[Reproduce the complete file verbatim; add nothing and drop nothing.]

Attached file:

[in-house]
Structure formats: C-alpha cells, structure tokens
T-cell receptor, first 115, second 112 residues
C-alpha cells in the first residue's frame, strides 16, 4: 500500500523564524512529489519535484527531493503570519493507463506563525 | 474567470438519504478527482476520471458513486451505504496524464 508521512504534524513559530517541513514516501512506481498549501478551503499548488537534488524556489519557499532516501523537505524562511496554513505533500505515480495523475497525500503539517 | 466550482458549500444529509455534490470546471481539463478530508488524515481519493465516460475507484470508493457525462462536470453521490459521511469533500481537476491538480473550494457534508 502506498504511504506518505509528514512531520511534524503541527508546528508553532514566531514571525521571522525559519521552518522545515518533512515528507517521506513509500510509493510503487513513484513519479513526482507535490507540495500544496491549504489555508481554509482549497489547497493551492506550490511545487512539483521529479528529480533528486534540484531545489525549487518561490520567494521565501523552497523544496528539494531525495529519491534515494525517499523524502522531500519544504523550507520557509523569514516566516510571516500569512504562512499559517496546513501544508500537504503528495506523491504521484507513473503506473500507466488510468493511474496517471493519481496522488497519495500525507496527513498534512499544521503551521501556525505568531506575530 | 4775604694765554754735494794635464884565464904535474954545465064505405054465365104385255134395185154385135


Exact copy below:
[in-house]
Structure formats: C-alpha cells, structure tokens
T-cell receptor, first 115, second 112 residues
C-alpha cells in the first residue's frame, strides 16, 4: 500500500523564524512529489519535484527531493503570519493507463506563525 | 474567470438519504478527482476520471458513486451505504496524464 508521512504534524513559530517541513514516501512506481498549501478551503499548488537534488524556489519557499532516501523537505524562511496554513505533500505515480495523475497525500503539517 | 466550482458549500444529509455534490470546471481539463478530508488524515481519493465516460475507484470508493457525462462536470453521490459521511469533500481537476491538480473550494457534508 502506498504511504506518505509528514512531520511534524503541527508546528508553532514566531514571525521571522525559519521552518522545515518533512515528507517521506513509500510509493510503487513513484513519479513526482507535490507540495500544496491549504489555508481554509482549497489547497493551492506550490511545487512539483521529479528529480533528486534540484531545489525549487518561490520567494521565501523552497523544496528539494531525495529519491534515494525517499523524502522531500519544504523550507520557509523569514516566516510571516500569512504562512499559517496546513501544508500537504503528495506523491504521484507513473503506473500507466488510468493511474496517471493519481496522488497519495500525507496527513498534512499544521503551521501556525505568531506575530 | 4775604694765554754735494794635464884565464904535474954545465064505405054465365104385255134395185154385135